As he pulls the TARDIS doors together, closing her to the outside world, his nostrils flare, his olfactory nerves suddenly thick with the scent of full roses heavy with hip and swaying in a soft breeze. A rich, fruity flavour lades the air; his body feels as though a weight has dropped upon it. Breath comes at a premium to his several lungs, and his feet feel suckled by the black, oozing peat of an unseen bog. Taking strength from the hard old wood, the feel of striated grains and whorls and knots painted so blue beneath his fingers, he listens.
“Lord Other,” says a new voice. Feminine… tinged in scented oil and soaked in the perfume of promises. Soft outside, sharp inside. Like a mouse. Or a cybermat, depending on your fetishes.
He refuses to reply to this. He will not. She is trying to get a rise, surely. But maybe he will speak to her if she asks the right Question. His body does not answer.
A laugh, like the tinkle of tiny bells. No. He will not give in. He hasn’t imagined the title or the roses.
“Pasmodius sent me, Doctor- I have a book for you. He said you requested it.”
An olive hand holds out a thick volume. The pages are flimsy with age and appear rotten, rising higher between the dry brown leather bindings than an entire hand held palm up. Big book. Slightly stinky- perhaps some mould has got in…
“Of course I did,” he muses, as he takes the book, flipping to a page. He launches then, into quiet recitation. It is a passage he knows quite well. “When the rose dies, one makes perfume,” he reads, running a thumb down the once-oiled vellum, “… and there are always roses somewhere, usually grey ones. The kind with full, fruited blossoms- best for tilting at windmills… or the clearing of nostrils if one wishes to avoid the smell of burning flesh and ash.”
“Doctor? Are you all right?” There is that olive hand again, settling on his shoulder like a shroud. He’s had enough of those.
How dare she pretend to it. How dare her!
The Doctor turns. He looks into the deep amber-brown eyes with hints of forest, reflecting on comely flesh worn like clay slip on a dumpy statue that’s trying too hard to look pretty and just… smiles. The set of his teeth does not invite welcome, and he does not let… damn him. He desires to know, even after all of this. Is she smiling?
“What do you call yourself, child? Haven’t seen you before.”
The thing called woman, infernal creature, grins as she answers, “Nemontiarla. I’m a drab little Dromiean,” like a child caught out for stealing butter mints.
Well, he thinks sullenly, butter mints are perfection- as a rule, she’s no right to them.
He sticks a hand in the pocket of his trousers, because his tweed jacket is still on the console room floor. A white bag comes out in his hand, smelling of the book by now. On purpose, maybe. He doesn’t know anymore.
“Care for a purple jelly baby, you mouldy old witch?” he grits through a tiger’s grinning teeth. Ah, Hitchemus.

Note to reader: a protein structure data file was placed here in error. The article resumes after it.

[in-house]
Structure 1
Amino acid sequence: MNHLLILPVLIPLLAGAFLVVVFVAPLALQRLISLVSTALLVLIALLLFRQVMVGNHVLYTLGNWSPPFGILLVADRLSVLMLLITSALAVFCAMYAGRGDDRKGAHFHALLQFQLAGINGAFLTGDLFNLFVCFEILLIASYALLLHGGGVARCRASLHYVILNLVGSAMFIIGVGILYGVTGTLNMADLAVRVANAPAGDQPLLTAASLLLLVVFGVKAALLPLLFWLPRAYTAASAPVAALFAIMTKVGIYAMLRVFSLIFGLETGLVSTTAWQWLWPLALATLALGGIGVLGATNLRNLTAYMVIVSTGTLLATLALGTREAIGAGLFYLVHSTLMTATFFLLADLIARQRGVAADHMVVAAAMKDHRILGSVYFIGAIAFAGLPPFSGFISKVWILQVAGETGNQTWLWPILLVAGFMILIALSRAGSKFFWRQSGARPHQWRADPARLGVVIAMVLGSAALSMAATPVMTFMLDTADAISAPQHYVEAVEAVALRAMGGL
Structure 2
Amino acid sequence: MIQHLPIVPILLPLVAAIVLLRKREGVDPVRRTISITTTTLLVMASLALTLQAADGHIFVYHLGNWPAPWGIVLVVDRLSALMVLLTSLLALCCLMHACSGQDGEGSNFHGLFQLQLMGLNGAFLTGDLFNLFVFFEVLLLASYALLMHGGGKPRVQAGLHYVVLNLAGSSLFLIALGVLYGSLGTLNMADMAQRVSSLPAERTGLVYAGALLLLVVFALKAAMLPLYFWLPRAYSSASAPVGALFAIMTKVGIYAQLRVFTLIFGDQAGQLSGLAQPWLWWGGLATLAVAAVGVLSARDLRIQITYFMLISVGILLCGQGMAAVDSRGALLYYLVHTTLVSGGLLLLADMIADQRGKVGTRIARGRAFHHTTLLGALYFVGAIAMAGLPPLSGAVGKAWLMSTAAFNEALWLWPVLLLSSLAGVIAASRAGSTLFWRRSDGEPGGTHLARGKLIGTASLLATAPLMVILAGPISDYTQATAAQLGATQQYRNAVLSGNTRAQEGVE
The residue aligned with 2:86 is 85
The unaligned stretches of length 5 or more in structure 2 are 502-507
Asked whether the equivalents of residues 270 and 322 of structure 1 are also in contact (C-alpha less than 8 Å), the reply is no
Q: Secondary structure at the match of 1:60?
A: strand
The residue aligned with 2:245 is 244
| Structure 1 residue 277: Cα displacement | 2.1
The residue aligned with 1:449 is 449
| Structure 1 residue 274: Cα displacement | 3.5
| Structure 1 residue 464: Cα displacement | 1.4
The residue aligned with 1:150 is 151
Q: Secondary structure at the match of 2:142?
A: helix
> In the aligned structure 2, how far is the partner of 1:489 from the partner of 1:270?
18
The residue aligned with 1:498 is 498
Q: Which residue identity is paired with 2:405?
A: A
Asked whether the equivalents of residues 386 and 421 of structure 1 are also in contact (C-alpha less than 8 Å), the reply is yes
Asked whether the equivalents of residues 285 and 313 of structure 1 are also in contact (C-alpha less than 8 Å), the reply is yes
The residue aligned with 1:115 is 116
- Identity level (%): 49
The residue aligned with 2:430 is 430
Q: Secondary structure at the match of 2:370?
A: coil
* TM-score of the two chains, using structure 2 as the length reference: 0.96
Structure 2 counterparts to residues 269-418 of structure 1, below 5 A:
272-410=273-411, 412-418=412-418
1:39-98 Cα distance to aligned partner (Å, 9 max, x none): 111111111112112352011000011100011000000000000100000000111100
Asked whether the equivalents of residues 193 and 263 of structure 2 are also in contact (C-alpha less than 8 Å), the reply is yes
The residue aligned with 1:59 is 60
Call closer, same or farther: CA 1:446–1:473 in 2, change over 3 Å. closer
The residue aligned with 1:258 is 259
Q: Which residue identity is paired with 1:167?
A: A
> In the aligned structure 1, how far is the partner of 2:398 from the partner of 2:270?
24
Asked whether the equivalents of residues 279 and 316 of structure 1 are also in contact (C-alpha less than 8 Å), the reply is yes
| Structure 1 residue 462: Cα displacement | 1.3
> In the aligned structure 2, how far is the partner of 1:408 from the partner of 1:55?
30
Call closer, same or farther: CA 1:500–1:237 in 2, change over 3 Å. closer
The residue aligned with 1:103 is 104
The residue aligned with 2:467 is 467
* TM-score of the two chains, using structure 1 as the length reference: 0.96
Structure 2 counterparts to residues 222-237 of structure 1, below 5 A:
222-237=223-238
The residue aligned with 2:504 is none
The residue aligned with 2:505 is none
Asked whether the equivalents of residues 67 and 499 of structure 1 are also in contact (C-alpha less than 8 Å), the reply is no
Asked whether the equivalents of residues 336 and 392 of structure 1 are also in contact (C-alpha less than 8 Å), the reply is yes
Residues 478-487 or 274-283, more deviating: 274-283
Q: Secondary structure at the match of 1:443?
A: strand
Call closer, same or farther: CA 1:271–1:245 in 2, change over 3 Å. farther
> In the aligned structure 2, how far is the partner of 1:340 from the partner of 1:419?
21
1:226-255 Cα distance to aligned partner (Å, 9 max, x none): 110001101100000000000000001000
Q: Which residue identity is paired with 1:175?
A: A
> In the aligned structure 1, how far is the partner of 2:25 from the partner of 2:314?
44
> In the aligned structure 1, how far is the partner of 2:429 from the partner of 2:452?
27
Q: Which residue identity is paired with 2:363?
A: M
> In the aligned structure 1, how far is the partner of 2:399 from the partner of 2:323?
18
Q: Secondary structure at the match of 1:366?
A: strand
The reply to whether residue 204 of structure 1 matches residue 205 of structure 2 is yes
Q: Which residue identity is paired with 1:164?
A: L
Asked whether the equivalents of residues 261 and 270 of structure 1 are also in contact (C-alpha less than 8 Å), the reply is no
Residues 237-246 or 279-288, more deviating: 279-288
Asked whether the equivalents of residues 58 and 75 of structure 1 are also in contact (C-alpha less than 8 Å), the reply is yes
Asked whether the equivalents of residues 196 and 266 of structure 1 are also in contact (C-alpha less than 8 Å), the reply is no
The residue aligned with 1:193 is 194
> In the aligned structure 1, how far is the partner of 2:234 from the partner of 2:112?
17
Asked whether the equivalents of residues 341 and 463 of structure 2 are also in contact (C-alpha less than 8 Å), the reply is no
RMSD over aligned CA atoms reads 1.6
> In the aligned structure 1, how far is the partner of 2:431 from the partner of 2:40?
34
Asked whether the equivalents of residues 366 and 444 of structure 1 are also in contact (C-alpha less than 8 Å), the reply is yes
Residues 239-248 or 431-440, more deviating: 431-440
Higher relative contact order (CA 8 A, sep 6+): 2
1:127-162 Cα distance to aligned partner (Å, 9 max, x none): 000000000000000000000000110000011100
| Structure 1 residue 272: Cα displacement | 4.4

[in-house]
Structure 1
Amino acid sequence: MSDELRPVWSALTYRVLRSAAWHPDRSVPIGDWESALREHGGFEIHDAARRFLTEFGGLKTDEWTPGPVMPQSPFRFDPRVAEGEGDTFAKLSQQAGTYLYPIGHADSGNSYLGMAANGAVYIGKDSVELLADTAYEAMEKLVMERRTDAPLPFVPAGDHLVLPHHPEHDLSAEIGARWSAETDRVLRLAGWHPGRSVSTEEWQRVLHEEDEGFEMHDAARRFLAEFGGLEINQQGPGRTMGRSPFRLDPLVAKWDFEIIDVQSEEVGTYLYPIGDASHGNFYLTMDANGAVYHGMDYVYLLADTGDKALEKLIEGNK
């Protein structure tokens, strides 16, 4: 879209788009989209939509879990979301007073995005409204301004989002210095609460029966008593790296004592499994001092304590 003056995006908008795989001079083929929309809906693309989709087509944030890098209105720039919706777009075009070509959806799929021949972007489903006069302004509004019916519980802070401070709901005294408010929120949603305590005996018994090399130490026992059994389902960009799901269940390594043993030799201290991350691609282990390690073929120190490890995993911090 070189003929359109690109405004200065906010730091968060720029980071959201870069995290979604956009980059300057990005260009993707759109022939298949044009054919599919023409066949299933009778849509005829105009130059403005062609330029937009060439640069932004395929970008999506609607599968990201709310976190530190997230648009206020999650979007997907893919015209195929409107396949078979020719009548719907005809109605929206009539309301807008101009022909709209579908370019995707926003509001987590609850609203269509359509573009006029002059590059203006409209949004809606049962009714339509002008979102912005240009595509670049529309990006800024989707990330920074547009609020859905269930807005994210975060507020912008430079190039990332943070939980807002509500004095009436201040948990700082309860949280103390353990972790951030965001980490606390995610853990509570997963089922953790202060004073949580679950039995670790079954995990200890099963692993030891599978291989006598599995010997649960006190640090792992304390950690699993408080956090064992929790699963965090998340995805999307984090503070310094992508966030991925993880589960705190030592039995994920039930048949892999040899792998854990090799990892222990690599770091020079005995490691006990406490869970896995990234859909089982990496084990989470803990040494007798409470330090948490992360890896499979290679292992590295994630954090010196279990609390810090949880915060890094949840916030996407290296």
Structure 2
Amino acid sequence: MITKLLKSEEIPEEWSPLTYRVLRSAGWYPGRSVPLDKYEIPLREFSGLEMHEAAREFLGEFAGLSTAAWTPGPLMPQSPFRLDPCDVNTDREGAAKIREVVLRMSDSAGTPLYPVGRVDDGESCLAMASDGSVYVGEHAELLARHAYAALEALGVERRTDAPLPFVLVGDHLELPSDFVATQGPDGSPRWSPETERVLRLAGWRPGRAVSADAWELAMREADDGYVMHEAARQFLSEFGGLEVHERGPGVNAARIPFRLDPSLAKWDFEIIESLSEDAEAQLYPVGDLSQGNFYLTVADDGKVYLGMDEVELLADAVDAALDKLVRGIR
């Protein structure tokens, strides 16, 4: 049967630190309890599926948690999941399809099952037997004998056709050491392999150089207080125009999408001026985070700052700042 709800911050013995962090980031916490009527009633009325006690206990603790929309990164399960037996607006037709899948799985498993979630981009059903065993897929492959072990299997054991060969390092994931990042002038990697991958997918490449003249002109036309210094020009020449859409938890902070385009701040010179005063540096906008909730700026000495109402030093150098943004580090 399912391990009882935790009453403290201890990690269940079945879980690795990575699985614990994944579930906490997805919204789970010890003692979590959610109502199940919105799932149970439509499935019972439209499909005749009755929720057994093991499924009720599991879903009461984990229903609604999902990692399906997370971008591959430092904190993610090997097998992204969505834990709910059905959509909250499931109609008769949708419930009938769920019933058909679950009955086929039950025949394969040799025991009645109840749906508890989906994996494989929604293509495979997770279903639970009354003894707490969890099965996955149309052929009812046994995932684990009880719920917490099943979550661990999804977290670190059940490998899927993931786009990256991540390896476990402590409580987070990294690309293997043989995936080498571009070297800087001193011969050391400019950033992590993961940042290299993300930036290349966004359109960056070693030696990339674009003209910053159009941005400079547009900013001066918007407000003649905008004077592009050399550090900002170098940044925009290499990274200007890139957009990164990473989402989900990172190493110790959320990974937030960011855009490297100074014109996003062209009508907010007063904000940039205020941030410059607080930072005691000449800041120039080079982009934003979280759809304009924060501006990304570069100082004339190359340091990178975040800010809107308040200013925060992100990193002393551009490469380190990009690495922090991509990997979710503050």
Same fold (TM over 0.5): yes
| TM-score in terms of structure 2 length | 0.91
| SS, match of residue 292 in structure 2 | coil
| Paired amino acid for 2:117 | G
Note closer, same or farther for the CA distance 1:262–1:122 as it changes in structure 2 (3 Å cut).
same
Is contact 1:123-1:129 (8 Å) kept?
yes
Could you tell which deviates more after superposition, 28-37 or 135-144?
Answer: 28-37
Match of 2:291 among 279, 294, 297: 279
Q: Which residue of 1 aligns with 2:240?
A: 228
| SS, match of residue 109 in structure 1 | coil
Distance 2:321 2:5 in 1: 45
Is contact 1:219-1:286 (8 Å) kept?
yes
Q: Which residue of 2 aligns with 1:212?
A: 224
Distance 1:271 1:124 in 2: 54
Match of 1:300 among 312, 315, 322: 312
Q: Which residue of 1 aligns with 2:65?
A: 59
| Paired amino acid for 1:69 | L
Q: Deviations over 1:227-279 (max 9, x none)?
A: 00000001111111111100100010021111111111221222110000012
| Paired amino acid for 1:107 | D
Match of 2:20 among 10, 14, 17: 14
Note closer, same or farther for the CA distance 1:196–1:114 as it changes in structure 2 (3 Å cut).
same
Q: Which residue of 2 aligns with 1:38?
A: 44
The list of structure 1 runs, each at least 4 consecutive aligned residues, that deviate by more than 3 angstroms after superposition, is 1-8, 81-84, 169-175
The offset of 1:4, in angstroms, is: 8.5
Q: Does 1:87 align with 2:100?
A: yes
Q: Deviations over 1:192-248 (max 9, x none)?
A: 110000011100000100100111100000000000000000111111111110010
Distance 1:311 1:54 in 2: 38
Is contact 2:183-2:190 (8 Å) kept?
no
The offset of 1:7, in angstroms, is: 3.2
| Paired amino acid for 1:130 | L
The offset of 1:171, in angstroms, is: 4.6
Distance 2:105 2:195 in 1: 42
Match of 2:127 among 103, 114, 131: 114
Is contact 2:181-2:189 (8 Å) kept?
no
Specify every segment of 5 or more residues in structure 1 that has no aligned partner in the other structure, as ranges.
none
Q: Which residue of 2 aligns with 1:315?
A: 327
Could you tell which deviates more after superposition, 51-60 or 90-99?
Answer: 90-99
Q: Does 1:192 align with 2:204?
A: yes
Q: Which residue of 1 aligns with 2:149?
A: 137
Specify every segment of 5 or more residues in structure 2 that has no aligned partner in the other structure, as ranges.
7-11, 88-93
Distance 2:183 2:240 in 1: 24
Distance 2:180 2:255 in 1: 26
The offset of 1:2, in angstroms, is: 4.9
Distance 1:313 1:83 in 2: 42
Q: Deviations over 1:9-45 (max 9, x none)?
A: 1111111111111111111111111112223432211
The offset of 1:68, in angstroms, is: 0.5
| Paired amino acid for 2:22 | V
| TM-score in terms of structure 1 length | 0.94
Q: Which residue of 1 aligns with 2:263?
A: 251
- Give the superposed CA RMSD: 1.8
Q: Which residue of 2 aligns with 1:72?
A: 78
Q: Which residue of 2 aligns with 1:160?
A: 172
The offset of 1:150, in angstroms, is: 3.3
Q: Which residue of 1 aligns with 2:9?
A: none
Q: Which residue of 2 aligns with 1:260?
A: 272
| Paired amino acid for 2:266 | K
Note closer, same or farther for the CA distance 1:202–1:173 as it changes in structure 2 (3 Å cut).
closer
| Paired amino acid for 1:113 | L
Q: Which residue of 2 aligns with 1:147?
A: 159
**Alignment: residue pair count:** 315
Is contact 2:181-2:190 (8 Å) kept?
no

Oh if only he could. In one fast movement, he grabs her hand instead, pulling her against the TARDIS doors. “Now we can both talk shop without the neighbors being nosy. We wouldn’t want to let on, would we? Someone might sense you.” His smile is a sneer- he leans in close. “You’re arrogant. You’ve stretched yourself thin.”
The librarian pauses in her assessment, green-gold-brown eyes taking in the slumped, almost hunched stance of the man standing before her. “Fair enough,” she says, and begins to recount her day outside the stacks.
“That book- it’s something old Pasmo asked me to find- a First Edition Histories of Gallifrey, Unabridged. Can you guess where I found it?”
Oh please. Really now.
“Somewhere in the vicinity of His Lordship Rassilon? I heard he re-enacted Aristophanes’ Speech from Plato’s Symposium in the main passage. Something about a tower of books falling on his venerable head?”
“I was carrying too many, and took an opportunity. You know, to relieve myself of some small burden, and him of some of his. Leastwise, the rendition was something of a mockery, coming from that mouth. Your version was much better.”
“Don’t change the subject. I wasn’t talking about myself. We must blame the inevitable course of his actions. In any case, try asking for help. So you’re not a god after all. Just a college girl with aspirations.”
“Ah, what is it your little monkeys say? Pot, kettle?”
Her laugh rises in her throat at the sight of him.
Damn it. Why does he even bother anymore?
“Enter my TARDIS the usual way and help the Master with his fishing pole. Say you were chased into a storage cupboard by a Kumlien’s Gull named Lucy Saxon. That ought to get his attention. But then again…” he laughs too, for a moment- but his eyes are frozen celery, lysed by ice crystals and no good for eating.
He knocks four times, then presses the silver mask and the golden ring he’s just taken off into her fingers. Walking away, he adds, “… you know how thick he can be. Be sure and tell him it’s not really a mask, perhaps mention how handy a disguise can be when you’re out on a fishing trip, intent on avoiding your wife.”